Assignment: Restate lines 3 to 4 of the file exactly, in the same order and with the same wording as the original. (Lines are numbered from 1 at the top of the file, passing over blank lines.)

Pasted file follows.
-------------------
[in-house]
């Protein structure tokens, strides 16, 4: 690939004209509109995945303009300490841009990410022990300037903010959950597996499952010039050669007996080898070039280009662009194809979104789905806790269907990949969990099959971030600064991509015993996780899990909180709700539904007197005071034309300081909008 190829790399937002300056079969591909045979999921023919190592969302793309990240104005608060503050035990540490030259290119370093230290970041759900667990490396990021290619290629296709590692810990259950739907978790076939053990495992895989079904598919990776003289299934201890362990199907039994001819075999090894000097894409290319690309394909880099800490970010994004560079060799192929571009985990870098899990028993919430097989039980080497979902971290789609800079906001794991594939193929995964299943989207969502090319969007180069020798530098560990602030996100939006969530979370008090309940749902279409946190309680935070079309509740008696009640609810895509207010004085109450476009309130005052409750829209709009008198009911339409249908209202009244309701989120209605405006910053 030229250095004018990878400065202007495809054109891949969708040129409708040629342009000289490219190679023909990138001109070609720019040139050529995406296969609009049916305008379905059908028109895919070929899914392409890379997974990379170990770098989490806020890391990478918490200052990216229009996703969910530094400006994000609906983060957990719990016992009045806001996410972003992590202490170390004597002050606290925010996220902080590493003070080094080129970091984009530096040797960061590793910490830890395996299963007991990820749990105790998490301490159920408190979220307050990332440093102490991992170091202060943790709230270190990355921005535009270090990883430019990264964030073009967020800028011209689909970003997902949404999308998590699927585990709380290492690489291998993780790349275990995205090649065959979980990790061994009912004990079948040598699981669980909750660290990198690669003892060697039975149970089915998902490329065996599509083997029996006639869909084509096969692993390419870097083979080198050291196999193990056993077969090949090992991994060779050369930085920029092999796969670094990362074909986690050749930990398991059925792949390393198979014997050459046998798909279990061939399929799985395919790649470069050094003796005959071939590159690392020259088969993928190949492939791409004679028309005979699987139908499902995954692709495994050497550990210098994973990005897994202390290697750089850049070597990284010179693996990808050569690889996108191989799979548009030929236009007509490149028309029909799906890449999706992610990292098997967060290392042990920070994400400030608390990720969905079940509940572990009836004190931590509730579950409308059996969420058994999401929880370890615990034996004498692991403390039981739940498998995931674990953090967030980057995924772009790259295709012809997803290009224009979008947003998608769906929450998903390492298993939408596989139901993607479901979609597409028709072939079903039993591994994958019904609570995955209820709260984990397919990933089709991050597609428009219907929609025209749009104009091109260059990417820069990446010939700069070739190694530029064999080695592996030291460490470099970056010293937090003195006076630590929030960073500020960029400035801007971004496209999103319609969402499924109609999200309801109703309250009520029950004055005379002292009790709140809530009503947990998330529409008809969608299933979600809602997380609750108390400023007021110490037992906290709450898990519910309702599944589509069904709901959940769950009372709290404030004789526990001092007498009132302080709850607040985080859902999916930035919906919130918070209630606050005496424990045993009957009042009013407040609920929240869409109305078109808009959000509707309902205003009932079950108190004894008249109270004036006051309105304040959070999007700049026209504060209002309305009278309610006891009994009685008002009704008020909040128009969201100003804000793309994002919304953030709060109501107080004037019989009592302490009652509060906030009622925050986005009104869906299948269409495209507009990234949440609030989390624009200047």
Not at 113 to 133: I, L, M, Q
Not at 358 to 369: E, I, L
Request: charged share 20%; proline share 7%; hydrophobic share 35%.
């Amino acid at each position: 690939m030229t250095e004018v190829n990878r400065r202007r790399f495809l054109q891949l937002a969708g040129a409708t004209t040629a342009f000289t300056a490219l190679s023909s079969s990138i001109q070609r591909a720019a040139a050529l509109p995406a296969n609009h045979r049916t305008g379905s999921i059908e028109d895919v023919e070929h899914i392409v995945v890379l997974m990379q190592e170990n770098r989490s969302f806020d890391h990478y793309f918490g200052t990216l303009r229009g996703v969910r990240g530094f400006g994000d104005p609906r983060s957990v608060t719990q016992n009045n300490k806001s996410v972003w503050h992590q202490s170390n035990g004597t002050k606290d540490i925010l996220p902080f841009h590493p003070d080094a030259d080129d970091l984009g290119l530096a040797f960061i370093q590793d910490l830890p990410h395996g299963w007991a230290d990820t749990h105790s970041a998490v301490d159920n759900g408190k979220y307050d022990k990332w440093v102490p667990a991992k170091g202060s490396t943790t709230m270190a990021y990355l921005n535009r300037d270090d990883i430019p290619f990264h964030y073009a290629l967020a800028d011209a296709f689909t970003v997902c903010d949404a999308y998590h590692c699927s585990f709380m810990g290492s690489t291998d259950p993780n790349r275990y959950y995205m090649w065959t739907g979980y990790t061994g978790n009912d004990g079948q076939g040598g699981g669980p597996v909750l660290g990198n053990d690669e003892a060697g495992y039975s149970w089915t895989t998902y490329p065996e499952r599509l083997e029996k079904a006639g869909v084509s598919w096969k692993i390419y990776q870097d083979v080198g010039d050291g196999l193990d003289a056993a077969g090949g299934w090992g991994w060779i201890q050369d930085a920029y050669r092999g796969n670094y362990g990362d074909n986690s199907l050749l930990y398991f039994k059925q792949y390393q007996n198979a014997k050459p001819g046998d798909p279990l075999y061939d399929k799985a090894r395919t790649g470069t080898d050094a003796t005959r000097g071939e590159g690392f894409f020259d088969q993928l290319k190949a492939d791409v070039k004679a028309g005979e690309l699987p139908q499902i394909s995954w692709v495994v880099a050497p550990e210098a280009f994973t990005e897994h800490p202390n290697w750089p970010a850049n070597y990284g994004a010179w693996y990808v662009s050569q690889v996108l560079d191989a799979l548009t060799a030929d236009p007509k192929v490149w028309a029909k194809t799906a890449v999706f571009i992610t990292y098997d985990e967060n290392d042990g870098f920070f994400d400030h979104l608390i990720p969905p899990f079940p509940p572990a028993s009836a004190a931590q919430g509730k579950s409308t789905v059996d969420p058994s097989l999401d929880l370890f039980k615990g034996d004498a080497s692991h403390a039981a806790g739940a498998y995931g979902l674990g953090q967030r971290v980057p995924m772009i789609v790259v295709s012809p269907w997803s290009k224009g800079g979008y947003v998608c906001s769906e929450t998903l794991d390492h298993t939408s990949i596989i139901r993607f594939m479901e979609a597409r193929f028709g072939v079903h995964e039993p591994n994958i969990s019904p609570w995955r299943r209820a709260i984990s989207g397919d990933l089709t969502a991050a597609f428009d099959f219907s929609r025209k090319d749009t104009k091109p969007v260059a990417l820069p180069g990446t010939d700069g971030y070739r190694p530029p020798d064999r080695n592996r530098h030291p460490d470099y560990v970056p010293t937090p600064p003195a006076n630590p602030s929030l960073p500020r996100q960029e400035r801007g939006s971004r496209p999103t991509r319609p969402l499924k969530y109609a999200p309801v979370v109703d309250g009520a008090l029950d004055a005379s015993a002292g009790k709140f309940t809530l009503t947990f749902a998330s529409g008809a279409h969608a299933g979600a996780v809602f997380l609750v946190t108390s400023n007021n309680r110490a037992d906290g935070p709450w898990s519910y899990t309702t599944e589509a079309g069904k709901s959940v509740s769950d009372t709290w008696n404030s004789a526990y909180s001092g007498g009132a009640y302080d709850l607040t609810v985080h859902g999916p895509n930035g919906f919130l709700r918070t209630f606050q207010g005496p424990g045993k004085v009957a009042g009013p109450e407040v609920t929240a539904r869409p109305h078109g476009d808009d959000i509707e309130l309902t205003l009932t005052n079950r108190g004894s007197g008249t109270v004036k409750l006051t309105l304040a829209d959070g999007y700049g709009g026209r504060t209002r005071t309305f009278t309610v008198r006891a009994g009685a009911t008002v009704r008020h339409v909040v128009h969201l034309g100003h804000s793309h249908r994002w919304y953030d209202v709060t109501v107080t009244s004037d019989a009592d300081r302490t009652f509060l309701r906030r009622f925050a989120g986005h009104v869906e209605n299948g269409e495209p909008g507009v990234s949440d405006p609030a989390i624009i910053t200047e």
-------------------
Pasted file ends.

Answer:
Not at 113 to 133: I, L, M, Q
Not at 358 to 369: E, I, L